Further, I did not understand until too late that a byline is a brand name, and while I hate to repeat myself, readers really do like to find books and stories just like other ones they've already read and enjoyed. When they opened up a can of Bruce Bethke, though, they could never tell what they were getting. Funny? Serious? Hard-clanking cyber SF or dark contemporary horror? While this led to some truly entertaining fan letters (e.g., "I had a hard time appreciating the humor of 'Interior Monologue' at first, but..."), it made me hard to pigeonhole, and loathe it or hate it, the market loves pigeonholes.

Ergo, if I were starting out now (or trying to reanimate a dead career), I believe I would follow the example illustrated by the blogosphere, and not just use a pen name, but use at least seven of them -- one each for mystery, comedy, horror, hard SF, fantasy, political/social commentary, and apolitical non-fiction -- and freely switch back and forth between identities as my various "careers" waxed and waned. If nothing else, maybe this would help me elude The Curse of the Poor Numbers.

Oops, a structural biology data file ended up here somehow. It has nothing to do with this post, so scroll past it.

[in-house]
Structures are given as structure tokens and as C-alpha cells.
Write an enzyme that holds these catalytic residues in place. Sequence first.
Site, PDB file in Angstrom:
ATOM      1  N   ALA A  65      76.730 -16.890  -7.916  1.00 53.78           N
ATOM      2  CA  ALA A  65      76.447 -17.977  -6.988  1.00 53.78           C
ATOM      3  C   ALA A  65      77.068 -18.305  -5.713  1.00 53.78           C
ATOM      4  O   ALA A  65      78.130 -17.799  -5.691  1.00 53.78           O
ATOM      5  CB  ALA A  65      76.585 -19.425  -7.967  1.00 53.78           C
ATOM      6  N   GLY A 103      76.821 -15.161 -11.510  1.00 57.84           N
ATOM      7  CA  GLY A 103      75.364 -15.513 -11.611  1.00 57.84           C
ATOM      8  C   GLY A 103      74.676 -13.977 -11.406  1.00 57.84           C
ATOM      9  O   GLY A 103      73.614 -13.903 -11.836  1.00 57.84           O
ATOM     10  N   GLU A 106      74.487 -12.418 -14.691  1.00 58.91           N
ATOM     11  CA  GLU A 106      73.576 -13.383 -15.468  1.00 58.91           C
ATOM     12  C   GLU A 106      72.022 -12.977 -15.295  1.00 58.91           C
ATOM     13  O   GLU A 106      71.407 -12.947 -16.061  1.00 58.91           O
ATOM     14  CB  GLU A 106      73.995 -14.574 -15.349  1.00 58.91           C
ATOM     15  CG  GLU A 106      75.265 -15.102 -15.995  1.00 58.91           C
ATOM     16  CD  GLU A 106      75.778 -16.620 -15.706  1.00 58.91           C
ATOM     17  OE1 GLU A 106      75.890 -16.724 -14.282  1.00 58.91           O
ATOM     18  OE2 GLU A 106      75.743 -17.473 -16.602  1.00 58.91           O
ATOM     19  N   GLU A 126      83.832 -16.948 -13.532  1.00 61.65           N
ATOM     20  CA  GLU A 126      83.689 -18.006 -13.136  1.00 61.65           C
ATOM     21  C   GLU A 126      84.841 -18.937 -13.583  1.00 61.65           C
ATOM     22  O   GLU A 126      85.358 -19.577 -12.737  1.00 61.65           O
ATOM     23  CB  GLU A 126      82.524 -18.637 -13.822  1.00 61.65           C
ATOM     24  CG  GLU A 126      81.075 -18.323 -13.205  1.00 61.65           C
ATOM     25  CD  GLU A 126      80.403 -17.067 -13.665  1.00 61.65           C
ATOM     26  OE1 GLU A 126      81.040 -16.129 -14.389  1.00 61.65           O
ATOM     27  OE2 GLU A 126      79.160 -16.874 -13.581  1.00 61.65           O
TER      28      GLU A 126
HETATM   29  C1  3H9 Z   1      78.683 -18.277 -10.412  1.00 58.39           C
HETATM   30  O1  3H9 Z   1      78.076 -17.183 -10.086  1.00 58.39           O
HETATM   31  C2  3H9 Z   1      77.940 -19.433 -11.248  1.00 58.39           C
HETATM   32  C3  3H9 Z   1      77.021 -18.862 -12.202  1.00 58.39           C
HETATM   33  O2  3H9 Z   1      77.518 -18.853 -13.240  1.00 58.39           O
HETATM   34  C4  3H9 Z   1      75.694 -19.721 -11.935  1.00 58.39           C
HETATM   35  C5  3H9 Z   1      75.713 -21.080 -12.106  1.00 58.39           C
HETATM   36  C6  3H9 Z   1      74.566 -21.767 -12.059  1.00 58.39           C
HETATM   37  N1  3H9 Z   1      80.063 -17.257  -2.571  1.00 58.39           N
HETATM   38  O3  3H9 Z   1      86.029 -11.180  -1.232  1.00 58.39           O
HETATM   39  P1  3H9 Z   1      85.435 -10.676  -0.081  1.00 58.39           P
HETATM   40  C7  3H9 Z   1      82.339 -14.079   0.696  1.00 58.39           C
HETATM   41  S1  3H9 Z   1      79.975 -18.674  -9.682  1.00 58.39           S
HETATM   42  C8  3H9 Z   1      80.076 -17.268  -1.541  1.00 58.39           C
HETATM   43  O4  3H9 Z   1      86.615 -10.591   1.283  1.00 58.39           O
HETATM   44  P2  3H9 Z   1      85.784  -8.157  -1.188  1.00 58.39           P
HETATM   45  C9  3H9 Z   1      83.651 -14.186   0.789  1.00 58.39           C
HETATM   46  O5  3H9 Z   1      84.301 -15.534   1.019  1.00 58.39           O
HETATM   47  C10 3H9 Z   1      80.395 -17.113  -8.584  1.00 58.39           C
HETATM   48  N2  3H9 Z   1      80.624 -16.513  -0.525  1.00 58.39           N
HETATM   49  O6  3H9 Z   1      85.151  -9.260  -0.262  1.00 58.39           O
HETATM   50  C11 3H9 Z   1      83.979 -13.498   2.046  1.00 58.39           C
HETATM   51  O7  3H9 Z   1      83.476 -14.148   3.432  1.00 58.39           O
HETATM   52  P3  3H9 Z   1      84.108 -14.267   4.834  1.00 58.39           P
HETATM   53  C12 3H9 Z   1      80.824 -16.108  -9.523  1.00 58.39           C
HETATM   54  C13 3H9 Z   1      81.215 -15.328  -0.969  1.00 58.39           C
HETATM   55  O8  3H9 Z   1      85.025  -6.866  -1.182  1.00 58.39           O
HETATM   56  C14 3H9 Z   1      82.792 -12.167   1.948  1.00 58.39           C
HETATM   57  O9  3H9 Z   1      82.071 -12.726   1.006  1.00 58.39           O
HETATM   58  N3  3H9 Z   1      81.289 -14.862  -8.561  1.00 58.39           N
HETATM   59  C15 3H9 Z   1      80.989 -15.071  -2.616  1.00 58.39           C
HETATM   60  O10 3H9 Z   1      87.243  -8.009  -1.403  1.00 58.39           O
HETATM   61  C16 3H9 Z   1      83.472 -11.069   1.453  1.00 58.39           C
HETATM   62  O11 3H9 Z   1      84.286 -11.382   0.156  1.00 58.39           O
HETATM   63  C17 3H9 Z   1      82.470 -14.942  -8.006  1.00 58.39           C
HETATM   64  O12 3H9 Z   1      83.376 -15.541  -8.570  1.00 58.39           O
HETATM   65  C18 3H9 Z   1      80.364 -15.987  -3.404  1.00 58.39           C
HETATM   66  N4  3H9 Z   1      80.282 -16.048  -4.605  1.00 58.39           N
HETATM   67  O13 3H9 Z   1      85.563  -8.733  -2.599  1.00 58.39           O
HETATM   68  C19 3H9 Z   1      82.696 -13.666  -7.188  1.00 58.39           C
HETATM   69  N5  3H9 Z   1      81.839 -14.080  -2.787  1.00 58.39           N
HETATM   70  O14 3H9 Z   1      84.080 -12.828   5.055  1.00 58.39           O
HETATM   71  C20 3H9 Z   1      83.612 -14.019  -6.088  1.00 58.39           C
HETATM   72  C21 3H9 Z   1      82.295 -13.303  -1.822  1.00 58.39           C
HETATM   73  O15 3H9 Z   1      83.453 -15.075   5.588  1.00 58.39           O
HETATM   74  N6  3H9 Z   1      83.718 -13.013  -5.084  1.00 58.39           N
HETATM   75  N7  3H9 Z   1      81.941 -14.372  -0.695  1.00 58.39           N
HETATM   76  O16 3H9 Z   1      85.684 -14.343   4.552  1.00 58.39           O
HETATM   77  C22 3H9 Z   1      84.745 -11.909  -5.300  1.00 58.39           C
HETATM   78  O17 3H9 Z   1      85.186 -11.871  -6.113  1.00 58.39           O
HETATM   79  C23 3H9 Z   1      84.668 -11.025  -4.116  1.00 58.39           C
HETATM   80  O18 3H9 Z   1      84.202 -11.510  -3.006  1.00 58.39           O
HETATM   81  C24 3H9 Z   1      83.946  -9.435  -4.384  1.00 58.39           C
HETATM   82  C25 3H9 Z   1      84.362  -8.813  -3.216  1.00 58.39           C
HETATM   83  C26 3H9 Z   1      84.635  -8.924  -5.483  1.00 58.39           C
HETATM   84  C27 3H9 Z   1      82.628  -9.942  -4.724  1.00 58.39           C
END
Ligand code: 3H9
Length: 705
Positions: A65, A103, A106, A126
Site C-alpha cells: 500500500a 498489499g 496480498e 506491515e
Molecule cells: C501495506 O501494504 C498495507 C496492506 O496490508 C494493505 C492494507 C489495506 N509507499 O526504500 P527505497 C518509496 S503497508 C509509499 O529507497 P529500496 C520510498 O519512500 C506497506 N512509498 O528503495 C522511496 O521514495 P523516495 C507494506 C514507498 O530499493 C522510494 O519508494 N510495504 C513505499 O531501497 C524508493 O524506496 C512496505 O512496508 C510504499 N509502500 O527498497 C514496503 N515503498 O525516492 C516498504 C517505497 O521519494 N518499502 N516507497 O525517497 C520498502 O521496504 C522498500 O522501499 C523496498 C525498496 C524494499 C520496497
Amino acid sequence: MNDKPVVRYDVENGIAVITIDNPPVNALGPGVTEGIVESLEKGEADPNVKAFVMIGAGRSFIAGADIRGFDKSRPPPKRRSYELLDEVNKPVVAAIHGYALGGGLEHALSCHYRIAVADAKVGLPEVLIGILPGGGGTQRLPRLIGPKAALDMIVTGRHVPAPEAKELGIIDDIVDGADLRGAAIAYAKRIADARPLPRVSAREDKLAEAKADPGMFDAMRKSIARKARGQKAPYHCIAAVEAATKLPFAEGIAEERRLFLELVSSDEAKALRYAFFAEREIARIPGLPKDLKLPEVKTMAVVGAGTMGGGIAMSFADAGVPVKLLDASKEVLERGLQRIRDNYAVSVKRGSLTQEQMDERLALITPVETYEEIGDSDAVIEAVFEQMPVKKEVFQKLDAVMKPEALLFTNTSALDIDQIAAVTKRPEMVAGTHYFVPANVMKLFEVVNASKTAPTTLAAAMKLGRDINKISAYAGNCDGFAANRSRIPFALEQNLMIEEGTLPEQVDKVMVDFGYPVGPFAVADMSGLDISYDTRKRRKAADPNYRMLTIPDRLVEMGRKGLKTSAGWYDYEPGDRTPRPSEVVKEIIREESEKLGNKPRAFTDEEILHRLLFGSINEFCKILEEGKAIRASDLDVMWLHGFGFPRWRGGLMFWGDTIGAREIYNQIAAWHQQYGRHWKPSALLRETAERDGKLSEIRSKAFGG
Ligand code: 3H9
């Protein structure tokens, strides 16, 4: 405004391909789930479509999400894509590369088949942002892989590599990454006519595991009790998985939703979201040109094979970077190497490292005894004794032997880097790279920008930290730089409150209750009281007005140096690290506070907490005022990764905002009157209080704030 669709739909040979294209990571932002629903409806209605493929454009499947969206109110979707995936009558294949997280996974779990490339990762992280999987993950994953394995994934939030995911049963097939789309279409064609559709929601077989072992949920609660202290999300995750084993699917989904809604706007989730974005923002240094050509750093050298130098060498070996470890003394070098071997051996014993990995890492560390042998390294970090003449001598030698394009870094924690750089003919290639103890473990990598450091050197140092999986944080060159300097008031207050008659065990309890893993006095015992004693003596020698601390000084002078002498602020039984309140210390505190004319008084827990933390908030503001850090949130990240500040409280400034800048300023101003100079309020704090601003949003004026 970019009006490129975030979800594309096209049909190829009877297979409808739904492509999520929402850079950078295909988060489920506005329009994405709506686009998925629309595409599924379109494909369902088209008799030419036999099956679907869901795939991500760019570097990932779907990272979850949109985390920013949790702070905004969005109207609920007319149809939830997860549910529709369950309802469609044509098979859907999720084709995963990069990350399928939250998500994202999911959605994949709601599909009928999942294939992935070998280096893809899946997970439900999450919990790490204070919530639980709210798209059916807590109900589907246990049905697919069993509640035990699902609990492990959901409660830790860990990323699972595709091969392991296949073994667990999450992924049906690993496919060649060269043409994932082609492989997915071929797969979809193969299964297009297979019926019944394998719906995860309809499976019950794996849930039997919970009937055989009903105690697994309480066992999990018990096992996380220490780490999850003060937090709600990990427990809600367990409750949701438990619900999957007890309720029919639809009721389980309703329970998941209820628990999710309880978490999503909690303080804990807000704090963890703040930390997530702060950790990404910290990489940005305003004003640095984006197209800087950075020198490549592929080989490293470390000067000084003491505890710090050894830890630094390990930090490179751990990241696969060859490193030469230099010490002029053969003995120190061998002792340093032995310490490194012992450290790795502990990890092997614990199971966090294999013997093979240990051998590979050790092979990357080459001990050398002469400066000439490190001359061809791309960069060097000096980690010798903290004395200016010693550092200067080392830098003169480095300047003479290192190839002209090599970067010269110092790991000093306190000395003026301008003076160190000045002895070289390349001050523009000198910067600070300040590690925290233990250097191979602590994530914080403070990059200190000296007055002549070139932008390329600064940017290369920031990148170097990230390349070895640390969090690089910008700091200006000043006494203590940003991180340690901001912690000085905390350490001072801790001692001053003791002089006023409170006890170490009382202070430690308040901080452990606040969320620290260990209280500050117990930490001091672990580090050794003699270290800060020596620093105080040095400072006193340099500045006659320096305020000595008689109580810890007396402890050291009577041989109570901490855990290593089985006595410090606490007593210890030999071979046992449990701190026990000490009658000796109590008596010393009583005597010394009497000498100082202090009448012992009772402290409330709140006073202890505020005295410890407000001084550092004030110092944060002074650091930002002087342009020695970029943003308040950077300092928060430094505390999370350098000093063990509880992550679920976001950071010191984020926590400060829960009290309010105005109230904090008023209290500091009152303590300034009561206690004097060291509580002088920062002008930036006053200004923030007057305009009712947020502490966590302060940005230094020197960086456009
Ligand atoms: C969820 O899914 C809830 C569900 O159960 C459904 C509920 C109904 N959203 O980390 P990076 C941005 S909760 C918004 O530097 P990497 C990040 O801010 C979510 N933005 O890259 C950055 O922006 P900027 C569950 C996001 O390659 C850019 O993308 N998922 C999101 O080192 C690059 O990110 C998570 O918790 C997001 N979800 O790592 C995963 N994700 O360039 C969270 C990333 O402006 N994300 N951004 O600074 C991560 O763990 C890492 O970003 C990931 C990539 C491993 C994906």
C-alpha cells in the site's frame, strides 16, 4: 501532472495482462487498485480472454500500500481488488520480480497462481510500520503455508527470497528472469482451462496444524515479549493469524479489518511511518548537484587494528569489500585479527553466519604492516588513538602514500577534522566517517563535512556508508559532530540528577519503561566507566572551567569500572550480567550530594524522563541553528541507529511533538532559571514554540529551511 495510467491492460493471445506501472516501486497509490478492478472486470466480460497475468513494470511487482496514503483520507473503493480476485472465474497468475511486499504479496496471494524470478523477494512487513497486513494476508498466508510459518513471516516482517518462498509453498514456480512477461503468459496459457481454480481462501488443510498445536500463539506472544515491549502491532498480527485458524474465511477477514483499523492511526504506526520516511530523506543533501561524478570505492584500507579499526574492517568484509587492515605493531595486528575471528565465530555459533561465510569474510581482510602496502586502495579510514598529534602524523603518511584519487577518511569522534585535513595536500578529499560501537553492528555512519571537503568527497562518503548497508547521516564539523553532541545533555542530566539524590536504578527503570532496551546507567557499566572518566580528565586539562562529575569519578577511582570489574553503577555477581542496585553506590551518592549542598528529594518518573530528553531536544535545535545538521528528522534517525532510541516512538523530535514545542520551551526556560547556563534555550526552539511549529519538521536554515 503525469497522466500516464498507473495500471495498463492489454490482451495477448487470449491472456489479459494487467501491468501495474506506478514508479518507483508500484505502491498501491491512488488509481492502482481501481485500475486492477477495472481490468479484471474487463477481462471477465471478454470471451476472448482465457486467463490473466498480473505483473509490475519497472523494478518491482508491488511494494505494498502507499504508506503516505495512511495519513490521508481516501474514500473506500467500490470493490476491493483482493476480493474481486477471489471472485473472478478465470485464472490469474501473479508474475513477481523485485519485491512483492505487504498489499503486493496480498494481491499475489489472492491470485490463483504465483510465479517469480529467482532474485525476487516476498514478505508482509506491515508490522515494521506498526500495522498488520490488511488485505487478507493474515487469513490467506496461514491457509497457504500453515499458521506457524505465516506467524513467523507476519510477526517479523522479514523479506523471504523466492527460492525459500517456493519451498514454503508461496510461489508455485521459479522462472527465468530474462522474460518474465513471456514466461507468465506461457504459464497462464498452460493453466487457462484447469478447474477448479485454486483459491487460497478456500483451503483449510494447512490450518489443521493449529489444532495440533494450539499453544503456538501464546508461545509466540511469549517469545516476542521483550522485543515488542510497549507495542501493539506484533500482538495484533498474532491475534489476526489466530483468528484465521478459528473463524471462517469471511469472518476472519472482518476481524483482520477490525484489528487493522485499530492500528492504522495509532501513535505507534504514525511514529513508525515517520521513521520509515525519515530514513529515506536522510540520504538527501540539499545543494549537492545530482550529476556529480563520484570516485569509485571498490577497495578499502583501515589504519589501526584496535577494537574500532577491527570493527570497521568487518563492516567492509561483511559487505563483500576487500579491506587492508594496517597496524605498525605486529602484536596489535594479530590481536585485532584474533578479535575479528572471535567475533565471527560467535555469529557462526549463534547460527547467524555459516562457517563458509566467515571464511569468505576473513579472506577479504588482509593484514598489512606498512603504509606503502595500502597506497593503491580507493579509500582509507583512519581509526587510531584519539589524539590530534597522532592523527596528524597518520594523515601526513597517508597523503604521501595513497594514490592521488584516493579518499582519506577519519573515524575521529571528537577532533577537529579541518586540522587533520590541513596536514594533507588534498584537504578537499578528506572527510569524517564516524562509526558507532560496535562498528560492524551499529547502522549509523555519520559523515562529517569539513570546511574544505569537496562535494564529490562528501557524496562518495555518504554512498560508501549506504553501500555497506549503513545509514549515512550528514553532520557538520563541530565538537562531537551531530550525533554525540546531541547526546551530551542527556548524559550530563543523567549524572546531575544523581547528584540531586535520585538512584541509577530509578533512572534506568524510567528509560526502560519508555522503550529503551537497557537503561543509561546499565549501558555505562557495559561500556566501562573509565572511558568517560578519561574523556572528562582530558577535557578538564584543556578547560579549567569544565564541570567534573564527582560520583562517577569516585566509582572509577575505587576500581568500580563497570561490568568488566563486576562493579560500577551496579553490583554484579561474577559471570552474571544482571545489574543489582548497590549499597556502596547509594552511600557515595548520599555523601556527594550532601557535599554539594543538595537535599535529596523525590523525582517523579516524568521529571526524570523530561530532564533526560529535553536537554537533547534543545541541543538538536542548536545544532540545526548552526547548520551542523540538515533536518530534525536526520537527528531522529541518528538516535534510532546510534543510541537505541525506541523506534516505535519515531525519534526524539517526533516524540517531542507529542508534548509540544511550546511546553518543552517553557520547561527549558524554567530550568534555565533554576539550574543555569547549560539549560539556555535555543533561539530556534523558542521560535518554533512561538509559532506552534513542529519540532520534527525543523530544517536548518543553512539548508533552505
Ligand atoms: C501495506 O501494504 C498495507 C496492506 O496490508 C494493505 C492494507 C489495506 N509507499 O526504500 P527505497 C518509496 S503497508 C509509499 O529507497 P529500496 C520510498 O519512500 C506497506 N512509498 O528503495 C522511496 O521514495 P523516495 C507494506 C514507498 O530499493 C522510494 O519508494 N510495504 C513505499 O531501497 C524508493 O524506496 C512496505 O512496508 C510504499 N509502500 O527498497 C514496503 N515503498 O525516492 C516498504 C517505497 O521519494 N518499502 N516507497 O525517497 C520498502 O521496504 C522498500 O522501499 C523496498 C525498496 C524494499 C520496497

Your thoughts?

Wednesday, March 02, 2005

What to write when

Chris Naron suggests:
I would like to discuss writing in/out of sequence. Sometimes I have the epilog in mind and want to write it first.

Oddly enough, I was flipping through the extra material on a Black Adder DVD when I found an interview with writer Richard Curtis that addresses this. His comments were specific to TV scriptwriting but are also germane here.

Though it's not obvious when you're watching, each Black Adder TV series was conceived as a serial of finite length. Freed from having to worry about next season, the writers (Curtis and Ben Elton) wrote the last episode first. (After all, how can you judge whether you're getting there if you don't know where you're going?) After that, they went back and figured out what else had to happen when in order to set up and support that ending, then wrote that material and only that material.

As for beginning at the beginning, Curtis's advice was to write the pilot episode if you must, then to lock it in a drawer and only take it out when you need to for your own reference. Pilot episodes of TV series -- or first chapters of novels -- tend to be devoted to defining relationships and larded with background information, none of which is interesting to the viewer/reader. If it's important, it can be worked in later, once the progression to the ending is under weigh.